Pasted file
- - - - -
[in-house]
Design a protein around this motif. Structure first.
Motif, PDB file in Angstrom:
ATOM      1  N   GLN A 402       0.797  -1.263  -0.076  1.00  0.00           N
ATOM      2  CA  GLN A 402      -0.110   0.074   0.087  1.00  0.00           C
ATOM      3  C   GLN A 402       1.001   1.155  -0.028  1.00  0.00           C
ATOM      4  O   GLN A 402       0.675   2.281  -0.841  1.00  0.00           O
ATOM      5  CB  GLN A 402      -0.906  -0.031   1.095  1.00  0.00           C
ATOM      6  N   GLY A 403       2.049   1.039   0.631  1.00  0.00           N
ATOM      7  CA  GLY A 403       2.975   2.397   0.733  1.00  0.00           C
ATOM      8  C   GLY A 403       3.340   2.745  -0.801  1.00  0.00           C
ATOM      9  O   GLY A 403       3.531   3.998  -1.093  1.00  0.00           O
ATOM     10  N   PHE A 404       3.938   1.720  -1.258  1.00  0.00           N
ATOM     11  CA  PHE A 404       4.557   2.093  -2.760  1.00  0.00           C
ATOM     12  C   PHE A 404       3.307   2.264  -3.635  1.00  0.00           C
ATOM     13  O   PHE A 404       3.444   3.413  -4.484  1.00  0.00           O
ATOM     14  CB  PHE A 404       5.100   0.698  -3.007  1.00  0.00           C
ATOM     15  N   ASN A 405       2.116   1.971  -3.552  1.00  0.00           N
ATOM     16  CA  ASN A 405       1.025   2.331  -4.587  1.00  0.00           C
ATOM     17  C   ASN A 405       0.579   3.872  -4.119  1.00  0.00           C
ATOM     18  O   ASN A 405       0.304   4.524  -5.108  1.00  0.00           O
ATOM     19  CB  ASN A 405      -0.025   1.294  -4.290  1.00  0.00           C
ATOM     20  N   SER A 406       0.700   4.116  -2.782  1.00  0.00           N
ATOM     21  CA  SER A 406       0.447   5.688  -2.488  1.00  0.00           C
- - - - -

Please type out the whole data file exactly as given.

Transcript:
[in-house]
Design a protein around this motif. Structure first.
Motif, PDB file in Angstrom:
ATOM      1  N   GLN A 402       0.797  -1.263  -0.076  1.00  0.00           N
ATOM      2  CA  GLN A 402      -0.110   0.074   0.087  1.00  0.00           C
ATOM      3  C   GLN A 402       1.001   1.155  -0.028  1.00  0.00           C
ATOM      4  O   GLN A 402       0.675   2.281  -0.841  1.00  0.00           O
ATOM      5  CB  GLN A 402      -0.906  -0.031   1.095  1.00  0.00           C
ATOM      6  N   GLY A 403       2.049   1.039   0.631  1.00  0.00           N
ATOM      7  CA  GLY A 403       2.975   2.397   0.733  1.00  0.00           C
ATOM      8  C   GLY A 403       3.340   2.745  -0.801  1.00  0.00           C
ATOM      9  O   GLY A 403       3.531   3.998  -1.093  1.00  0.00           O
ATOM     10  N   PHE A 404       3.938   1.720  -1.258  1.00  0.00           N
ATOM     11  CA  PHE A 404       4.557   2.093  -2.760  1.00  0.00           C
ATOM     12  C   PHE A 404       3.307   2.264  -3.635  1.00  0.00           C
ATOM     13  O   PHE A 404       3.444   3.413  -4.484  1.00  0.00           O
ATOM     14  CB  PHE A 404       5.100   0.698  -3.007  1.00  0.00           C
ATOM     15  N   ASN A 405       2.116   1.971  -3.552  1.00  0.00           N
ATOM     16  CA  ASN A 405       1.025   2.331  -4.587  1.00  0.00           C
ATOM     17  C   ASN A 405       0.579   3.872  -4.119  1.00  0.00           C
ATOM     18  O   ASN A 405       0.304   4.524  -5.108  1.00  0.00           O
ATOM     19  CB  ASN A 405      -0.025   1.294  -4.290  1.00  0.00           C
ATOM     20  N   SER A 406       0.700   4.116  -2.782  1.00  0.00           N
ATOM     21  CA  SER A 406       0.447   5.688  -2.488  1.00  0.00           C